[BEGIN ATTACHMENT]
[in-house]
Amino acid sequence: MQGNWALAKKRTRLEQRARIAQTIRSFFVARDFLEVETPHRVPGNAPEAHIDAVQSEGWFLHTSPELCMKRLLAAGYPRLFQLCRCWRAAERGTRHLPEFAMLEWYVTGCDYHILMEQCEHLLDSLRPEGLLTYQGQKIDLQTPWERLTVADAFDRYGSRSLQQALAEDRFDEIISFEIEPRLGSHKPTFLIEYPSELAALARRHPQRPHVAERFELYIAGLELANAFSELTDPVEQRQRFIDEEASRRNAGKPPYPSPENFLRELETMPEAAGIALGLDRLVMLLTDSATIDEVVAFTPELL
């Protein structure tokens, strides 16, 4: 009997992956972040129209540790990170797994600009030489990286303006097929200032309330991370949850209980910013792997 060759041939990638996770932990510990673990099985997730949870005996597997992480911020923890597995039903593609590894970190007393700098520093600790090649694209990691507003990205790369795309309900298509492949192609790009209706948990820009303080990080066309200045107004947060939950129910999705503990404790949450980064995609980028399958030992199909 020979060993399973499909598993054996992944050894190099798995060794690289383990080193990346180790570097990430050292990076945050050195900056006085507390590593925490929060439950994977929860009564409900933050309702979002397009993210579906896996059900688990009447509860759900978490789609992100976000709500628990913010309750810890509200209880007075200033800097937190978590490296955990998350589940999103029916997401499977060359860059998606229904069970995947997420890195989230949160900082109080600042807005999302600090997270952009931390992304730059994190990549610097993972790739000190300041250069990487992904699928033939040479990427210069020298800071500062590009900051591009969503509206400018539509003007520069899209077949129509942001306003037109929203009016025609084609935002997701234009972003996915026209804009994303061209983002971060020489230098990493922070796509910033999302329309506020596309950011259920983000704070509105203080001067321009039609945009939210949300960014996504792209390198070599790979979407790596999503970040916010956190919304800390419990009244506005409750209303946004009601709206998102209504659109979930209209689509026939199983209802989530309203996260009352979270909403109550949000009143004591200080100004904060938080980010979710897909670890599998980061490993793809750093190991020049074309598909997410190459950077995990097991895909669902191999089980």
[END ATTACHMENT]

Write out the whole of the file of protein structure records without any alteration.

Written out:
[in-house]
Amino acid sequence: MQGNWALAKKRTRLEQRARIAQTIRSFFVARDFLEVETPHRVPGNAPEAHIDAVQSEGWFLHTSPELCMKRLLAAGYPRLFQLCRCWRAAERGTRHLPEFAMLEWYVTGCDYHILMEQCEHLLDSLRPEGLLTYQGQKIDLQTPWERLTVADAFDRYGSRSLQQALAEDRFDEIISFEIEPRLGSHKPTFLIEYPSELAALARRHPQRPHVAERFELYIAGLELANAFSELTDPVEQRQRFIDEEASRRNAGKPPYPSPENFLRELETMPEAAGIALGLDRLVMLLTDSATIDEVVAFTPELL
């Protein structure tokens, strides 16, 4: 009997992956972040129209540790990170797994600009030489990286303006097929200032309330991370949850209980910013792997 060759041939990638996770932990510990673990099985997730949870005996597997992480911020923890597995039903593609590894970190007393700098520093600790090649694209990691507003990205790369795309309900298509492949192609790009209706948990820009303080990080066309200045107004947060939950129910999705503990404790949450980064995609980028399958030992199909 020979060993399973499909598993054996992944050894190099798995060794690289383990080193990346180790570097990430050292990076945050050195900056006085507390590593925490929060439950994977929860009564409900933050309702979002397009993210579906896996059900688990009447509860759900978490789609992100976000709500628990913010309750810890509200209880007075200033800097937190978590490296955990998350589940999103029916997401499977060359860059998606229904069970995947997420890195989230949160900082109080600042807005999302600090997270952009931390992304730059994190990549610097993972790739000190300041250069990487992904699928033939040479990427210069020298800071500062590009900051591009969503509206400018539509003007520069899209077949129509942001306003037109929203009016025609084609935002997701234009972003996915026209804009994303061209983002971060020489230098990493922070796509910033999302329309506020596309950011259920983000704070509105203080001067321009039609945009939210949300960014996504792209390198070599790979979407790596999503970040916010956190919304800390419990009244506005409750209303946004009601709206998102209504659109979930209209689509026939199983209802989530309203996260009352979270909403109550949000009143004591200080100004904060938080980010979710897909670890599998980061490993793809750093190991020049074309598909997410190459950077995990097991895909669902191999089980």